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Gallium pnictides

Gallium's main use is in semiconductor technology. For example, GaAs and related compounds can convert electricity directly into coherent light (laser diodes) and is employed in electroluminescent light-emitting diodes (LED's); it is also used for doping other semiconductors and in solid-state devices such as heterojunction bipolar transistors (HBTs) and high power high speed metal semiconductor field effect transistors (MESFETs). The compound MgGa 2 O 4 is used in ultraviolet-activated powders as a brilliant green phosphor used in Xerox copying machines. Minor uses are as high-temperature liquid seals, manometric fluids and heat-transfer media, and for low-temperature solders.

Undoubtedly the binary compounds of gallium with the most industrial interest are those of the Group 15 (V) elements, GaE (E = N, P, As, Sb). The compounds which gallium forms with nitrogen, phosphorus, arsenic, and antimony are isoelectronic with the Group 14 elements. There has been considerable interest, particularly in the physical properties of these compounds, since 1952 when Welker first showed that they had semiconducting properties analogous to those of silicon and germanium.

Gallium phosphide, arsenide, and antimonide can all be prepared by direct reaction of the elements; this is normally done in sealed silica tubes or in a graphite crucible under hydrogen. Phase diagram data is hard to obtain in the gallium-phosphorus system because of loss of phosphorus from the bulk material at elevated temperatures. Thus, GaP has a vapor pressure of more than 13.5 atm at its melting point; as compared to 0.89 atm for GaAs. The physical properties of these three compounds are compared with those of the nitride in [link] . All three adopt the zinc blende crystal structure and are more highly conducting than gallium nitride.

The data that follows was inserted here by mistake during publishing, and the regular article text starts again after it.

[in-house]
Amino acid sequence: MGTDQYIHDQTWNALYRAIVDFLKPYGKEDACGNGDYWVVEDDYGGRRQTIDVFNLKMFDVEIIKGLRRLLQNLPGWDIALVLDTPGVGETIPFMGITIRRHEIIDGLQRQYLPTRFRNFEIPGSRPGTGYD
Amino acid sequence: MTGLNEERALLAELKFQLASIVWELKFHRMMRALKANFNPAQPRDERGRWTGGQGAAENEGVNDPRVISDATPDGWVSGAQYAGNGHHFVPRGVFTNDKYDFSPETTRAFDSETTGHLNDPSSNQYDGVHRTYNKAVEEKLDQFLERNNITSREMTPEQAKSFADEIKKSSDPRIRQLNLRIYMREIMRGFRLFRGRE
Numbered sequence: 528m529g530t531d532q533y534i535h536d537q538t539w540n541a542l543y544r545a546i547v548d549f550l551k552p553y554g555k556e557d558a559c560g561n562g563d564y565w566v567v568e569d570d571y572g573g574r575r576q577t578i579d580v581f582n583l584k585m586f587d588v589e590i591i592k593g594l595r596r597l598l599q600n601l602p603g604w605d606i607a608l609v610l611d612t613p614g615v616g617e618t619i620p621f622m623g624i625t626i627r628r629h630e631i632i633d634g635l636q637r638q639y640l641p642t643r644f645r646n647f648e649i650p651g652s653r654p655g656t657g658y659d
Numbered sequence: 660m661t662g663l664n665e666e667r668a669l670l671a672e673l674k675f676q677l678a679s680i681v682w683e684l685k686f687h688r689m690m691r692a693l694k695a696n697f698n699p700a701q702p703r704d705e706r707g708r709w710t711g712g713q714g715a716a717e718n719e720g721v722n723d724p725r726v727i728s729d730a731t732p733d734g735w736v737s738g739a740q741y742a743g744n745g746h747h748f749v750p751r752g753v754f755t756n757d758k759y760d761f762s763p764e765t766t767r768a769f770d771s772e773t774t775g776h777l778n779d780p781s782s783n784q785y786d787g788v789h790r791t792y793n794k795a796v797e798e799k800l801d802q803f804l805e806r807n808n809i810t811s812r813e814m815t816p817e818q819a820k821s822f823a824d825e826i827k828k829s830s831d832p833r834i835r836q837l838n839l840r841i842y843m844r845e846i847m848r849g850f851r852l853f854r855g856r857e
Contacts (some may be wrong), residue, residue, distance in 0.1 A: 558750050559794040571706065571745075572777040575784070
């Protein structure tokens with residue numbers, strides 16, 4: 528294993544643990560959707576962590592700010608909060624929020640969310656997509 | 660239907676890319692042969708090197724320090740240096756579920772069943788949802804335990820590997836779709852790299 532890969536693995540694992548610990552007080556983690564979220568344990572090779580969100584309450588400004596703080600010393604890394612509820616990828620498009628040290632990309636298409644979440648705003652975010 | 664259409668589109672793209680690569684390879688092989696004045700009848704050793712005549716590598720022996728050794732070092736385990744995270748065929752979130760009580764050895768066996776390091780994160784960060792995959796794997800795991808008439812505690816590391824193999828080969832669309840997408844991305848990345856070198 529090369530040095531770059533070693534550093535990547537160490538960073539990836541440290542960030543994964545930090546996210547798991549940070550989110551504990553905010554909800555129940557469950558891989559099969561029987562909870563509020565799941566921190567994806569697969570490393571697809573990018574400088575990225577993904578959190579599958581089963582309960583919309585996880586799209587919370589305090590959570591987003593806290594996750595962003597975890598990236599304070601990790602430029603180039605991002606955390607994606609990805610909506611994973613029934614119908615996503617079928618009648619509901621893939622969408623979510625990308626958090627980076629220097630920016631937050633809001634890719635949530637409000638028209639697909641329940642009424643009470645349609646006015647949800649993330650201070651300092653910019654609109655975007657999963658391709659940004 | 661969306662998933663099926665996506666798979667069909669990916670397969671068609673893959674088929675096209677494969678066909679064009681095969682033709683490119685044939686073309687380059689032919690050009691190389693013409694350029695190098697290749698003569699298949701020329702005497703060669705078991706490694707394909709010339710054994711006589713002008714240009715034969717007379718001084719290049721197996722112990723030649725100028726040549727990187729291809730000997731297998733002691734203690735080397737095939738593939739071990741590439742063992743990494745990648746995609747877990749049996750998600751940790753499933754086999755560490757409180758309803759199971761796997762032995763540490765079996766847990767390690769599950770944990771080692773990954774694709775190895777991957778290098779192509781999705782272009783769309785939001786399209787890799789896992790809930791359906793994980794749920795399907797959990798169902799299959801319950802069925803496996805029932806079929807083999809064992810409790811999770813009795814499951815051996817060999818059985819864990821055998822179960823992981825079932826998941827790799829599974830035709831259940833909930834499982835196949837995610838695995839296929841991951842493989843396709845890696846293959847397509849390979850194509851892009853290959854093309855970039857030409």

Physical properties of 13-15 compound semiconductors. a Values given for 300 K. b Dependent on photon energy; values given for 1.5 eV incident photons. c Dependent on temperature; values given for 300 K.
Property GaN GaP GaAs GaSb
Melting point (°C) >1250 (dec) 1350 1240 712
Density (g/cm 3 ) ca. 6.1 4.138 5.3176 5.6137
Crystal structure Würtzite zinc blende zinc blende zinc blende
Cell dimen. (Å) a a = 3.187, c = 5.186 a = 5.4505 a = 5.6532 a = 6.0959
Refractive index b 2.35 3.178 3.666 4.388
k (ohm -1 cm -1 ) 10 -9 - 10 -7 10 -2 - 10 2 10 -6 - 10 3 6 - 13
Band gap (eV) c 3.44 2.24 1.424 0.71

Gallium arsenide versus silicon

Gallium arsenide is a compound semiconductor with a combination of physical properties that has made it an attractive candidate for many electronic applications. From a comparison of various physical and electronic properties of GaAs with those of Si ( [link] ) the advantages of GaAs over Si can be readily ascertained. Unfortunately, the many desirable properties of gallium arsenide are offset to a great extent by a number of undesirable properties, which have limited the applications of GaAs based devices to date.

Comparison of physical and semiconductor properties of GaAs and Si.
Properties GaAs Si
Formula weight 144.63 28.09
Crystal structure zinc blende diamond
Lattice constant 5.6532 5.43095
Melting point (°C) 1238 1415
Density (g/cm 3 ) 5.32 2.328
Thermal conductivity (W/cm.K) 0.46 1.5
Band gap (eV) at 300 K 1.424 1.12
Intrinsic carrier conc. (cm -3 ) 1.79 x 10 6 1.45 x 10 10